Why criminal cases crawl through Indian courts

New Delhi (IANS)¬†When Angammal was being sexually abused inside a police station for six days over a decade ago, her son was just a little boy. As the case drags on in court, the little boy is now a student of law, convinced that he could argue his mother’s case better than any man in black robes.

The trial in the case started 14 years ago. It continues today.

The trial in Vatchathi mass rape case, which occurred in Tamil Nadu’s Vatchathi village over three days in June 1992, dragged on for 19 years. Over the three days, 18 women were repeatedly raped and many Dalit men beaten and abused. Among the 269 convicted were nearly 100 policemen and revenue and forest officials. This case was perhaps a record one, for the length of the trial.

One major reason for inordinate delay in finishing the trial procedure in criminal cases is frequent adjournments. Under the law, once examination of witnesses in criminal cases begins, it has to continue uninterrupted till all listed witnesses are examined.

This provision of the law, however, is routinely breached.

Even the apex court, in one of its judgments, expressed anguish over repeated adjournments: “We are distressed to note that it is almost a common practice and regular occurrence that trial courts flout the said command with impunity.”

“Even when witnesses are present, cases are adjourned on far less serious reasons or even on flippant grounds. Adjournments are granted even in such situations on the mere asking for it. Quite often, such adjournments are granted to suit the convenience of the advocate concerned,” the bench observed.

And is it any wonder, when trials take decades, that conviction rates should be poor?

Conviction rate in crimes against women is just 27.8 percent.

“Conviction rate for crimes against women (Indian Penal Code and Special and Local Laws cases) for 2010 is 27.8 percent” says the report of the Law Commission of India into expeditious investigation and trial of criminal cases against influential people.

Senior counsel Ranjit Kumar attributes the delay in the trial of criminal cases to the poor judge-population ratio.

He points out that sanctioned strength of judges per one million population was just 13 or so judges, way below judge-population ratio in other countries. Even the apex court, in All India Judges Association case, had favoured 50 judges for one million population.

If all the 18,123 district and subordinate judiciary courts were working, then according to the Law Commission, every judge would have about 1,630 cases to deal with. But this does not reflect the true picture, as against the sanctioned strength of 18,123 district and subordinate courts, only 14,287 actually work. There are 3,836 vacancies in these courts.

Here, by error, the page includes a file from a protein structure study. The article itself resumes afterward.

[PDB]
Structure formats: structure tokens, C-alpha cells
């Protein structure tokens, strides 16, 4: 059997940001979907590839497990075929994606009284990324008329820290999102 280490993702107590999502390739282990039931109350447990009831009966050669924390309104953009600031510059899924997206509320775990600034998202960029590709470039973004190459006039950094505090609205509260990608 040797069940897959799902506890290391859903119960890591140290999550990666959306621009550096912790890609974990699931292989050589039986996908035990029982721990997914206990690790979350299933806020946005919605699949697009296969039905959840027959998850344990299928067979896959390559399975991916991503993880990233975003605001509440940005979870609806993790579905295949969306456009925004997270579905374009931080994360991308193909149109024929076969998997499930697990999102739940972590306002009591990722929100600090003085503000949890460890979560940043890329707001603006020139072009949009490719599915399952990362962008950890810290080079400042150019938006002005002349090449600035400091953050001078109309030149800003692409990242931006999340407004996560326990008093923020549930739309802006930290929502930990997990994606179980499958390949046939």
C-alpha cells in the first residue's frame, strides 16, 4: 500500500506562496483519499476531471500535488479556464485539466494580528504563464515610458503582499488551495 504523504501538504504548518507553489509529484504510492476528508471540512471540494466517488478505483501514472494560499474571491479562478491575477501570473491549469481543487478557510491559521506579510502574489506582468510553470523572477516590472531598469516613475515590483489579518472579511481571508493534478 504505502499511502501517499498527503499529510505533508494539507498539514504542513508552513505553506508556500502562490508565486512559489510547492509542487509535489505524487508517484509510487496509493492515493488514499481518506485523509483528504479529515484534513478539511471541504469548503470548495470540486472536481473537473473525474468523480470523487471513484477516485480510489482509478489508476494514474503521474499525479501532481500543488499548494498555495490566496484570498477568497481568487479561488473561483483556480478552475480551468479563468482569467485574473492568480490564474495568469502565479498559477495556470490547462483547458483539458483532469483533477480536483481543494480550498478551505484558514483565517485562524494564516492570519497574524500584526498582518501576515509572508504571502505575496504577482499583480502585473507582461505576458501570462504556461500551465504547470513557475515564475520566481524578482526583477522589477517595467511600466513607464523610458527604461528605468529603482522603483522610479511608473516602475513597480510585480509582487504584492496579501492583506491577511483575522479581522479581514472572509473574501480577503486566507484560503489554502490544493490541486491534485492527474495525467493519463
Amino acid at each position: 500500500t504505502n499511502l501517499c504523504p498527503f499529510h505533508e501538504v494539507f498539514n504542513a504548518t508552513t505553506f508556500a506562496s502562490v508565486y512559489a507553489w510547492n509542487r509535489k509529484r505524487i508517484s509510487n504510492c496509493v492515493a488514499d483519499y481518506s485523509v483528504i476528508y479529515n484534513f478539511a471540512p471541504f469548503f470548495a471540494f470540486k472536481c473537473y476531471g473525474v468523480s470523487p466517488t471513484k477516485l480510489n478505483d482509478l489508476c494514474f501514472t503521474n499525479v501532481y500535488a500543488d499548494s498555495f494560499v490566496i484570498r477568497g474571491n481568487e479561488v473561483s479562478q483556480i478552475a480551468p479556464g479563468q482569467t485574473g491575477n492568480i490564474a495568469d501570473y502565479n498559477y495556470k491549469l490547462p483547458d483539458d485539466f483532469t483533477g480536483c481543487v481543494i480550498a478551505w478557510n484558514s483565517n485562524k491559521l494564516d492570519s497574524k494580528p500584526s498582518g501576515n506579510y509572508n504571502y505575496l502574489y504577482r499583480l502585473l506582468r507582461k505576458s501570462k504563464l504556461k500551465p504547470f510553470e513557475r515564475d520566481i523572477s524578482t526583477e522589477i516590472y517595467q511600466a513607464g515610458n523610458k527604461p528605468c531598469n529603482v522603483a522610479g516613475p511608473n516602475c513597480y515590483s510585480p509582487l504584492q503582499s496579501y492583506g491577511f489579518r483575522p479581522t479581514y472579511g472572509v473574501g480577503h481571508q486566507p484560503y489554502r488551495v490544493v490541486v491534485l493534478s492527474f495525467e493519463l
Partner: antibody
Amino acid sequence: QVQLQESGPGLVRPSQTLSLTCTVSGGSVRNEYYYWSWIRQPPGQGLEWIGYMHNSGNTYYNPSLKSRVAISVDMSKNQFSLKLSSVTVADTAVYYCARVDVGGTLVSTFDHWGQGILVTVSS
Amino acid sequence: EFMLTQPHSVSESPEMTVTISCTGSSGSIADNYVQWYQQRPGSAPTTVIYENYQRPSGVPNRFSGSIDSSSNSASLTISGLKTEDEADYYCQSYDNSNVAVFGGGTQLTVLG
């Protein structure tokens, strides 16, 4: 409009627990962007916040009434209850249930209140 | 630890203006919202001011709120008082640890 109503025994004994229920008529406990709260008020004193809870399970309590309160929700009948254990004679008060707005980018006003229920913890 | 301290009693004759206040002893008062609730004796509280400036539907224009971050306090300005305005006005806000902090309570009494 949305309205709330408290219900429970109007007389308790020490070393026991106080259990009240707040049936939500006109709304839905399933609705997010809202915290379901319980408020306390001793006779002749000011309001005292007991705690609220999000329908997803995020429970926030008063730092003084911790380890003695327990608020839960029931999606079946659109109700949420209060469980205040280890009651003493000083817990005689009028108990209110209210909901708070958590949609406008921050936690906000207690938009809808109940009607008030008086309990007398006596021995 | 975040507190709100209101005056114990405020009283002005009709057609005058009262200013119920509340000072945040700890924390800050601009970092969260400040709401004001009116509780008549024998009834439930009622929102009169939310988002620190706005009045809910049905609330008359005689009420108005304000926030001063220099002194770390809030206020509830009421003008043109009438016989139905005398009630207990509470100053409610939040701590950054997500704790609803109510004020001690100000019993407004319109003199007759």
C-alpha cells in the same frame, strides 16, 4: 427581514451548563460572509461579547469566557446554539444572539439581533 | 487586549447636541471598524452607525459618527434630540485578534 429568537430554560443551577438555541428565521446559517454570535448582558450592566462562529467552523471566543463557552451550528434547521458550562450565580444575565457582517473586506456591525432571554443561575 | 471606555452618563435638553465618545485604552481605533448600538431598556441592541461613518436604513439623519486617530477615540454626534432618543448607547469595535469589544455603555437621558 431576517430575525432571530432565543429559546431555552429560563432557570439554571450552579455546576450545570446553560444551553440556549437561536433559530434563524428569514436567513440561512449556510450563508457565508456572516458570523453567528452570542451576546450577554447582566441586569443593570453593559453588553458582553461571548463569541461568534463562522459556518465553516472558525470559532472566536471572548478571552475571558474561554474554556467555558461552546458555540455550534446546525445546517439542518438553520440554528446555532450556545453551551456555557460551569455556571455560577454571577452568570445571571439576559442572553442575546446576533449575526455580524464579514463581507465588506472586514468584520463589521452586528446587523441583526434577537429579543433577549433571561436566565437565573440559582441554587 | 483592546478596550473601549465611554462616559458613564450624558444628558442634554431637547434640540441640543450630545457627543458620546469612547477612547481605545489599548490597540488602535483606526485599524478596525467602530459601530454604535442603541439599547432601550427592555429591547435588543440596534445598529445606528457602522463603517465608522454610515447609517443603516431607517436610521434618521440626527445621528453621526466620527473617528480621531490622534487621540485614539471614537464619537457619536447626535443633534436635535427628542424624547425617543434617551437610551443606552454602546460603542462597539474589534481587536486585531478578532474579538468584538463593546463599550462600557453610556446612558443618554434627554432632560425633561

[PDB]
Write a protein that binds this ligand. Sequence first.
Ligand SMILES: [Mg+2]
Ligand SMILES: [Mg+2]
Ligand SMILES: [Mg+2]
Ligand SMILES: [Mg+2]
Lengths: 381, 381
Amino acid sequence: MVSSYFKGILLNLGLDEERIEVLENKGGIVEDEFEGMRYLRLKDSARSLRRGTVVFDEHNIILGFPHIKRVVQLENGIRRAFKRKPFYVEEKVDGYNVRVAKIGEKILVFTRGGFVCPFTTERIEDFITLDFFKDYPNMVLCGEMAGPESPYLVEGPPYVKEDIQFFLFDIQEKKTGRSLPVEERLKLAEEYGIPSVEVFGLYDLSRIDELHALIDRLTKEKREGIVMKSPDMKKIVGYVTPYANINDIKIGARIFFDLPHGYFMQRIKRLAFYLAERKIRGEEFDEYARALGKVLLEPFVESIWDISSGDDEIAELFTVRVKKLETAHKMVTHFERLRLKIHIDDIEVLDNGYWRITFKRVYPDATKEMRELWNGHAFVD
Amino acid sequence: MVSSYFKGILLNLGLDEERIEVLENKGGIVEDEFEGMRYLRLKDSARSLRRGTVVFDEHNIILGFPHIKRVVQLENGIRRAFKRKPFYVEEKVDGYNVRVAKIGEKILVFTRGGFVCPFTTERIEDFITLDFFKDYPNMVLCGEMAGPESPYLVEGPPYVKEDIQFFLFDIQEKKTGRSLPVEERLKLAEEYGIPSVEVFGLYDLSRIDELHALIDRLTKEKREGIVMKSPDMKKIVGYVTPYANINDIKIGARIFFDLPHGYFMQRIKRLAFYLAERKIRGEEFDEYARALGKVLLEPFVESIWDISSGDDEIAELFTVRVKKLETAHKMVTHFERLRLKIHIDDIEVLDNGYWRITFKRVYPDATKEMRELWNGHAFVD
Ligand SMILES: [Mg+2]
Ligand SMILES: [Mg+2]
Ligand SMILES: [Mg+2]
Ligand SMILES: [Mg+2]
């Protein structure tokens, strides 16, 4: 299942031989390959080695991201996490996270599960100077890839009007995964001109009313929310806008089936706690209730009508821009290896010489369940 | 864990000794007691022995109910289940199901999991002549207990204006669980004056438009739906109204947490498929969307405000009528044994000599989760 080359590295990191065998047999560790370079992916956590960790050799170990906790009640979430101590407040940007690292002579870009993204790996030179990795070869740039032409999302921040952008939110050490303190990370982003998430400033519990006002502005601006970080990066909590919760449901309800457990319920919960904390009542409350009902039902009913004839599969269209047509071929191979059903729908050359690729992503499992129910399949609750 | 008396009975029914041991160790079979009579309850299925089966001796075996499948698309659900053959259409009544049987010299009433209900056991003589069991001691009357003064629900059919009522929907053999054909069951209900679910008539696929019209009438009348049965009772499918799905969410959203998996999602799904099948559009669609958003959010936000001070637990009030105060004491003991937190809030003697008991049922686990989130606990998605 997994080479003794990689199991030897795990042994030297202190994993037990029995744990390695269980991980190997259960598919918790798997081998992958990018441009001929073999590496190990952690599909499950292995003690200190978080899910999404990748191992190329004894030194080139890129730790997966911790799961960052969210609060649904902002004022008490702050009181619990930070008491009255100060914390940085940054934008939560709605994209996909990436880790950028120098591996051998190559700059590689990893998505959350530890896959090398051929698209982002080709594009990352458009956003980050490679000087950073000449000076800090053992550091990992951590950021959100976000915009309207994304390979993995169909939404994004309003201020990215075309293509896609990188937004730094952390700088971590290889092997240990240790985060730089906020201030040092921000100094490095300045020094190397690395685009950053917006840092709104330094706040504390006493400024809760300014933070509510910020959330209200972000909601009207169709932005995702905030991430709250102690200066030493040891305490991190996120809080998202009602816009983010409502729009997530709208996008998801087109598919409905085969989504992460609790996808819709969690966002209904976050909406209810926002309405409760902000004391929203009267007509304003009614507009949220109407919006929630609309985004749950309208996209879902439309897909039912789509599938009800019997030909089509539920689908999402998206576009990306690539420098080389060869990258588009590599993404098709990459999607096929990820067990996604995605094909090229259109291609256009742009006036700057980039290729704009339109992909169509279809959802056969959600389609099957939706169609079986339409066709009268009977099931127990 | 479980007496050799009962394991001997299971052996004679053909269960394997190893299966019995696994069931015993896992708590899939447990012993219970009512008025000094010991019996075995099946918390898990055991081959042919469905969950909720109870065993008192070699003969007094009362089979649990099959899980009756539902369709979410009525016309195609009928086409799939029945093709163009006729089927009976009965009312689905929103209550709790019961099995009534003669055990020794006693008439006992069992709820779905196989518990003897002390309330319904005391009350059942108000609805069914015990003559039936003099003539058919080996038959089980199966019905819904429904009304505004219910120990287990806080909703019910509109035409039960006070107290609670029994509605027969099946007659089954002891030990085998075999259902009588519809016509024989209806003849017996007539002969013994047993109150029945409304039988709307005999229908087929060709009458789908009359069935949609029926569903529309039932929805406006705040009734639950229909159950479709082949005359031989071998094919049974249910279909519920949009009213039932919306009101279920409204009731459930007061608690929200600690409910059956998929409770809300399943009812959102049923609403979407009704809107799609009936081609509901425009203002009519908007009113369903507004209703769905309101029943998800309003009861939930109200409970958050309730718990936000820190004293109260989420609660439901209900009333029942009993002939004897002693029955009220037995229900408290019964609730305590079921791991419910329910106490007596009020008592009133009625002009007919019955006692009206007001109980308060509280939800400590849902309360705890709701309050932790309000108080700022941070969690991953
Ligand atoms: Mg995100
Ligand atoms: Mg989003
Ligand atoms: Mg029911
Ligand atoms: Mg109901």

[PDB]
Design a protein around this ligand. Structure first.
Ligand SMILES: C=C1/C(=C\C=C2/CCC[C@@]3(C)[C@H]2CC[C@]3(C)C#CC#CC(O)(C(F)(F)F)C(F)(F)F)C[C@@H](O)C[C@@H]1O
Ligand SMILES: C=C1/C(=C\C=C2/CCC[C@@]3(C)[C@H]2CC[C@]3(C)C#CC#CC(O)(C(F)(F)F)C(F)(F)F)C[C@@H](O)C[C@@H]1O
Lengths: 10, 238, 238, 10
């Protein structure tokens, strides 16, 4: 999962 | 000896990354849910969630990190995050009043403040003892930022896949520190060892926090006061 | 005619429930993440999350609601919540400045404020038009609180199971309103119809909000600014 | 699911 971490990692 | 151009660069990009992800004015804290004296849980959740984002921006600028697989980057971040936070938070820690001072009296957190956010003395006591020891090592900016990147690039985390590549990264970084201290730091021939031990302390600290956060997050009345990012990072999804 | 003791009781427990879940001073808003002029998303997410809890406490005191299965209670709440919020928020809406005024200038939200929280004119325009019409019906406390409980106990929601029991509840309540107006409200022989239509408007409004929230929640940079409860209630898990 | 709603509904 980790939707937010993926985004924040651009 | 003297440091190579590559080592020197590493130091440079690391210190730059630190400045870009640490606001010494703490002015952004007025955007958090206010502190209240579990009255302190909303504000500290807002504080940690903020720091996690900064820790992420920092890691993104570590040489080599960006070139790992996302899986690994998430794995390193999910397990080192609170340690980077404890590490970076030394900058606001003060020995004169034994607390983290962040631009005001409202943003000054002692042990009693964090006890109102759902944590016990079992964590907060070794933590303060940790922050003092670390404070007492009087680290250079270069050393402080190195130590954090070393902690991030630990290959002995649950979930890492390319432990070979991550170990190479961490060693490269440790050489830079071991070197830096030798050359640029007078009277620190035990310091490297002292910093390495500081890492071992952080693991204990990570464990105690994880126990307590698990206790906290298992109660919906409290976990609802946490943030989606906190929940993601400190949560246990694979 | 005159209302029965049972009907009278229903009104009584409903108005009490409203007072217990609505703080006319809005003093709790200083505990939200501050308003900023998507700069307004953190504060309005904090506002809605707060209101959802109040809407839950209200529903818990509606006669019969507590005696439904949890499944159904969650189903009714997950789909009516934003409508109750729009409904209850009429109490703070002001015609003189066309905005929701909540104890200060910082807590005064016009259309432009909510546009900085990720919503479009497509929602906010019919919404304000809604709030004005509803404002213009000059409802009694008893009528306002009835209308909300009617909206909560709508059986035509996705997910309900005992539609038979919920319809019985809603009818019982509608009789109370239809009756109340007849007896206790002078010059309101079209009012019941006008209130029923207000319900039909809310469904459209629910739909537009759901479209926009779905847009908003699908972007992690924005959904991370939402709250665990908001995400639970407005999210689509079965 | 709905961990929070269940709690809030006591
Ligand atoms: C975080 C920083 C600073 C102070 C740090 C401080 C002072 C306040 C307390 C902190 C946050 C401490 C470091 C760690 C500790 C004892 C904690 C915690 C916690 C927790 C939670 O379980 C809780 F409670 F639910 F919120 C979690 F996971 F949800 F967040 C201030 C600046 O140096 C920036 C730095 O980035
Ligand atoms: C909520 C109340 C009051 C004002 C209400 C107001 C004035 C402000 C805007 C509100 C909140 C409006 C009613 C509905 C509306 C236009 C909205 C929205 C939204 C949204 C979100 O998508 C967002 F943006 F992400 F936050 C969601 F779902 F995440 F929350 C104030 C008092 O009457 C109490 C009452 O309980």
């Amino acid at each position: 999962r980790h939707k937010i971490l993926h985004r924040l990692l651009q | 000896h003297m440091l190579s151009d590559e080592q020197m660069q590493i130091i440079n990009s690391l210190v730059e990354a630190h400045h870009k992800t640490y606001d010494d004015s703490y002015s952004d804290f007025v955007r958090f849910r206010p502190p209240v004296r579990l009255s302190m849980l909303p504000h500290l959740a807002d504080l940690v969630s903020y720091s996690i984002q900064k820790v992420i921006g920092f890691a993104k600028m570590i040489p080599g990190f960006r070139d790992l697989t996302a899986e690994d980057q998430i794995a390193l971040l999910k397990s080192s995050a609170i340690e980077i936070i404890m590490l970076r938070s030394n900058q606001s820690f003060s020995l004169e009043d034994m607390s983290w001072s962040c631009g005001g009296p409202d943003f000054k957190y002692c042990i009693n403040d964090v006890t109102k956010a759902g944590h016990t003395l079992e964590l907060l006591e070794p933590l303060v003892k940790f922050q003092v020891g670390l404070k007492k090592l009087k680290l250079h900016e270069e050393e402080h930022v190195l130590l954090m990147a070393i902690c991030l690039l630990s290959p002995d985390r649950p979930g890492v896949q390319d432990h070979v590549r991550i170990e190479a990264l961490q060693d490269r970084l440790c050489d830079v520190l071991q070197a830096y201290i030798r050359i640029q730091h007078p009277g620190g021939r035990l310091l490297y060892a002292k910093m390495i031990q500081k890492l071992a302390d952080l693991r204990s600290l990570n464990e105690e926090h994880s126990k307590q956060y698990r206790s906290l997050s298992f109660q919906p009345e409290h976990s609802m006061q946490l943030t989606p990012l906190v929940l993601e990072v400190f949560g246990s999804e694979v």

The national capital alone has 155 vacancies in district and subordinate judiciary. Against the sanctioned strength of 623 district and subordinate courts, only 468 are working.

The problem is further compounded by vacancies in the offices of public prosecutor and additional public prosecutor. These functionaries are thus forced to shuttle from one court to another, causing dislocation of court work.

“There is no effective mechanism to oversee the functioning of public prosecutor. The recruitment process is either deficient or politically manipulated,” says a report of the Law Commission.

“Once a case is adjourned, it gets listed for next hearing after six months and in cases even after a year,” says Ranjit Kumar, adding that adjournments take place because of the absence of lawyers, the public prosecutor or even, at times, judges.

In sessions courts, where rape cases are tried, Ranjit Kumar says judges go by the roster of cases; no preference is attached to any case.

Eminent counsel Fali Nariman offers another reason for delay: Inadequacy of forensic labs for examining samples collected from the site of the crime.

“The medical and forensic examination reports take a long time to come and Delhi has no forensic lab,” says Nariman, adding that in the absence of forensic labs, samples go either to Chandigarh or Nagpur for testing.

Underlining the significance of forensic examination of samples, Nariman says: “Without a forensic report, there can be no charge sheet and without the forensic report, there can be no conviction.”

By Parmod Kumar

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